Lobby body APPEA, the head of the Queensland Resources Council Ian McFarlane, former Labor Federal resources minister Martin Ferguson and current Federal energy and emissions minister Angus Taylor have all condemned the unexpected move by treasurer and deputy premier Jackie Trad.
Taylor has called it a cash grab, while the industry representatives all believe it could increase sovereign risk by going after the LNG export industry with little to no warning or prior consultation.
Trad directly linked LNG exporters - who source gas from Queensland's CSG fields - to the tax, suggesting yesterday "ten years ago we were exporting no LNG and now we are one of the top three exporters in the world.
"With record amounts of LNG exports we believe it's time for that industry to do a bit more," she said.
Data from EnergyQuest suggests one third of all of China's LNG imports come from the three Gladstone LNG export concerns in the state.
Coal and gas royalties rose $12 billion last year over 2017 and LNG royalties will offer $2.9 billion over the next four years, state government data shows.
Origin-led Australia Pacific LNG reported record profits last quarter off the back of surging prices but also provided 30% of the east coast's gas for last year, and recently won a Queensland Supreme Court ruling against the government on how its royalties were calculated.
What is not clear to many is how this will affect those working to supply the domestic market, which the Queensland Labor government has spent so much time and effort to prop up.
The government said yesterday it "will also review the design of Queensland's current petroleum royalty regime to ensure greater certainty and equity for all parties and identify opportunities to simplify the current regime, while providing an appropriate return to Queenslanders."
It said the review will also help to drive further domestic gas supply, but the smaller end of town remains in the dark.
Blue Energy managing director John Phillips told Energy News this morning it was "disturbing" there had been no consultation and rather "a unilateral decision made".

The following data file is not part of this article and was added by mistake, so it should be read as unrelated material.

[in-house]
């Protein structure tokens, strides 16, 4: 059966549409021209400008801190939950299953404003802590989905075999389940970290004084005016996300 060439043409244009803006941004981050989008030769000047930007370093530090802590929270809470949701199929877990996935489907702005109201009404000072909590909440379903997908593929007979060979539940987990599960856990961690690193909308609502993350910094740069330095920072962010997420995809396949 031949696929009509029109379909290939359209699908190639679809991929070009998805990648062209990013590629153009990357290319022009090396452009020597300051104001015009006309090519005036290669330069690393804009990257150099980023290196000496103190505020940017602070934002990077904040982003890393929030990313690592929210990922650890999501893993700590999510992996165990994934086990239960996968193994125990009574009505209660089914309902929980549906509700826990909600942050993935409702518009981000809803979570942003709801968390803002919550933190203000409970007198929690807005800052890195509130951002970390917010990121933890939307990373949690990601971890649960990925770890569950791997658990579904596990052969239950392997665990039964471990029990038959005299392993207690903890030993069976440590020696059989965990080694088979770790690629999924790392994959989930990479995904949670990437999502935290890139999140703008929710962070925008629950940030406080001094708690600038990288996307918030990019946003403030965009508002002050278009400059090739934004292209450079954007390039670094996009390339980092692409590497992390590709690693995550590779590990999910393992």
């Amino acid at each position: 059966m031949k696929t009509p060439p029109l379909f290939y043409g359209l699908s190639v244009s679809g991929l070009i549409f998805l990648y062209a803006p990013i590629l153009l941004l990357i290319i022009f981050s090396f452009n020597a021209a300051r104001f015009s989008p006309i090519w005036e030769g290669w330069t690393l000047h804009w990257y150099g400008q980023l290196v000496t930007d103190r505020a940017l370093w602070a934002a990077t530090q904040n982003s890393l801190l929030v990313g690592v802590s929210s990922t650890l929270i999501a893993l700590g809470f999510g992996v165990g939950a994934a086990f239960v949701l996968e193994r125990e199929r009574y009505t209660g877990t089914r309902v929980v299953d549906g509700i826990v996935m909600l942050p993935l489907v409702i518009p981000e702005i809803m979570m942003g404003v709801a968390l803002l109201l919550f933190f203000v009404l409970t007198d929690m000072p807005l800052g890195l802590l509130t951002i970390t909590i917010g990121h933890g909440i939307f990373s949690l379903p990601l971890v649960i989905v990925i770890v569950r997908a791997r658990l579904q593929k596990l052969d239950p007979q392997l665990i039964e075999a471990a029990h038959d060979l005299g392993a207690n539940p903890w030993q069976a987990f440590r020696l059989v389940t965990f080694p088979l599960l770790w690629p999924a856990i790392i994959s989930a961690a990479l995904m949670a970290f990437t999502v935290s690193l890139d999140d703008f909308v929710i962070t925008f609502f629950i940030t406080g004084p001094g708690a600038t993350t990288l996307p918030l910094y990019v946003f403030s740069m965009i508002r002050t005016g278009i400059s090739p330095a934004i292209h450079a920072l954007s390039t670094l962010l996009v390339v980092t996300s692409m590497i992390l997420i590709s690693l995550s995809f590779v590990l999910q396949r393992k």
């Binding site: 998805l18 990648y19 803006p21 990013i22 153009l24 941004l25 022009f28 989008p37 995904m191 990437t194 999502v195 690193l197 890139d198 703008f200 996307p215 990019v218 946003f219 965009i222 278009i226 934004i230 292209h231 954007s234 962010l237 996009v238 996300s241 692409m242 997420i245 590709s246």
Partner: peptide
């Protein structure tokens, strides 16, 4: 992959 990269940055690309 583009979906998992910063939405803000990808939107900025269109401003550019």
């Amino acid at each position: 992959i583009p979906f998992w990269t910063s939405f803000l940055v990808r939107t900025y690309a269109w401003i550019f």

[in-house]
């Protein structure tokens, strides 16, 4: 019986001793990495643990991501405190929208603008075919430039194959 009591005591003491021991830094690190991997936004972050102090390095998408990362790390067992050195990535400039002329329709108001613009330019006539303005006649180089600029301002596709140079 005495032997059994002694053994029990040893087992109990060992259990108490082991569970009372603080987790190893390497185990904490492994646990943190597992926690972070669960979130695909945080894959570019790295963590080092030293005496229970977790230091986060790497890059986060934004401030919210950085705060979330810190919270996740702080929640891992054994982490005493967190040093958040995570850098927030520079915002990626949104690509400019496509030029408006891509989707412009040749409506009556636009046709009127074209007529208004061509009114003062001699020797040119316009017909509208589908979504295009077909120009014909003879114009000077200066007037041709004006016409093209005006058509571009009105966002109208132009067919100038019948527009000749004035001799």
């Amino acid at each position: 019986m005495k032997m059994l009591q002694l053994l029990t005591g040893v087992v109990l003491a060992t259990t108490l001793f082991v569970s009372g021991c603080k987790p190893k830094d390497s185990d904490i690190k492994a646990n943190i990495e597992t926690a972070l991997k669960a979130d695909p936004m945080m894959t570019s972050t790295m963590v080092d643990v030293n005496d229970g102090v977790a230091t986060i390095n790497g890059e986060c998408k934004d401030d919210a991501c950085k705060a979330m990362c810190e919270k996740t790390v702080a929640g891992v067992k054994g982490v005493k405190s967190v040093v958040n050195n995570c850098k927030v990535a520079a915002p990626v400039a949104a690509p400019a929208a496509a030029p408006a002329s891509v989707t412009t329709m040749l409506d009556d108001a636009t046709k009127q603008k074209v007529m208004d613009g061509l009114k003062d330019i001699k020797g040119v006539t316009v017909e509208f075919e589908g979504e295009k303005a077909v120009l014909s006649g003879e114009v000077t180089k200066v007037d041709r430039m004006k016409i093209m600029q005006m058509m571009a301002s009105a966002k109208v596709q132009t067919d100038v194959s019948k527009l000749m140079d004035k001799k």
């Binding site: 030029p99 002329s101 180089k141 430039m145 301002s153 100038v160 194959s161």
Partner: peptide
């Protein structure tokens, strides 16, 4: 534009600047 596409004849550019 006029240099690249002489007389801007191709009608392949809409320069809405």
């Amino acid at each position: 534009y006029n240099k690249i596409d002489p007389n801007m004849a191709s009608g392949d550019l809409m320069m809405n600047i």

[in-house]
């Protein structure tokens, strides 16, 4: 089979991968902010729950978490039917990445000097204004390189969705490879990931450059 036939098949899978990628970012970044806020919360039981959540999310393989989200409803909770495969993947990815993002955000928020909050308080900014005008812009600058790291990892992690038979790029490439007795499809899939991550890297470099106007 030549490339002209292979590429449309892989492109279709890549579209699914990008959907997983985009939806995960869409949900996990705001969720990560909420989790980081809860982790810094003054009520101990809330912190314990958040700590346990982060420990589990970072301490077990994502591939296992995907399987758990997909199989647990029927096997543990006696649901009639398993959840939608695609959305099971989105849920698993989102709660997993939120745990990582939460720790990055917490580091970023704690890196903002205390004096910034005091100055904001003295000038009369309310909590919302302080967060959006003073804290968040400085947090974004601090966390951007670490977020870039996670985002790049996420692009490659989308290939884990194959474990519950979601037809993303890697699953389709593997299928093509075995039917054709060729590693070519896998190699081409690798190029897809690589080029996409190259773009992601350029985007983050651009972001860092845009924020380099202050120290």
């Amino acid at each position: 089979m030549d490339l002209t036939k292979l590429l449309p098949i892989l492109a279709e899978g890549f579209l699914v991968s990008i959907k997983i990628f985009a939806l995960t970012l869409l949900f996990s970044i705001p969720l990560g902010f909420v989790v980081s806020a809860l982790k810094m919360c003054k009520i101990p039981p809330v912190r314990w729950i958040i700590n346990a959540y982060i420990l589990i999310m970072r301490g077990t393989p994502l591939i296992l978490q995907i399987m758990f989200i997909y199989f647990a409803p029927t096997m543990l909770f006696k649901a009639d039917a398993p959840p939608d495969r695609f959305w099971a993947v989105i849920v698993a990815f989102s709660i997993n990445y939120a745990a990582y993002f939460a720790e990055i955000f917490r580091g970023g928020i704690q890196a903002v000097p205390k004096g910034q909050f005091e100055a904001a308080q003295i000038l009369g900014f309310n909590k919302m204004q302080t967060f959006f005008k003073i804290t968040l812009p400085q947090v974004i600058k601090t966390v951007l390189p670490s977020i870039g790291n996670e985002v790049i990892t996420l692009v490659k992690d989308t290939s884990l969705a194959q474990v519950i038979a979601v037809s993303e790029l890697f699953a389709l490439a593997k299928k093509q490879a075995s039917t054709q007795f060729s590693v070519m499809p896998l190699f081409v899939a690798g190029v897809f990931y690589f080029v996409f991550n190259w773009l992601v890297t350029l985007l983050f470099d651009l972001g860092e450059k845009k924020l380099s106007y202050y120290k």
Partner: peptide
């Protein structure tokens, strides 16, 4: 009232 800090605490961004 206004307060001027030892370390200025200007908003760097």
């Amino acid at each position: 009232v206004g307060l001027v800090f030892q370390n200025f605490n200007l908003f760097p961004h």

Blue is not a producer but holds significant acreage in Queensland and the Northern Territory.
"The whole legislative process and the manner it's been undertaken all feeds into the perception of a higher level of sovereign risk," Phillips said.
"What we don't know is whether they apply to domestic gas or just LNG exports, how do they do that, what sort of mechanism."
Armour Energy general manager Access, Infrastructure, Planning & Corporate Affairs Richard Fenton told Energy News it had caught everyone by surprise and it could impact producers' free cash flow as a larger proportion may need to go to royalties under the new scheme.
Armour's primary asset and focus is its Kincora gas plant in Queensland, which is ear marked for the domestic market, he said.
"Yes it impacts companies that have existing production. So yes it's going to impact our free cash, which we spend on drilling more wells," Fenton said, assuming the rise would hit all producers.
"Let's wait and see what the detail is, we're not criticising it yet, but it is a shock."
"It will impact the consumers as increases in costs are ultimately borne by the consumer."
He also said it would not directly affect pure explorers.
However he was cautious to condemn the government outright, noting the domestic acreage releases of recent years made to drive more gas into the tight east coast market, and to markets south of Queensland that have onshore exploration moratoria and bans in place.
"I think the Queensland government has done amazing things… the amount of land released and the support we've been given has been excellent in the last couple of years," he said.
"I don't think [it will make it] harder to raise capital in Queensland, it just affects the economics and passes it through to the consumer."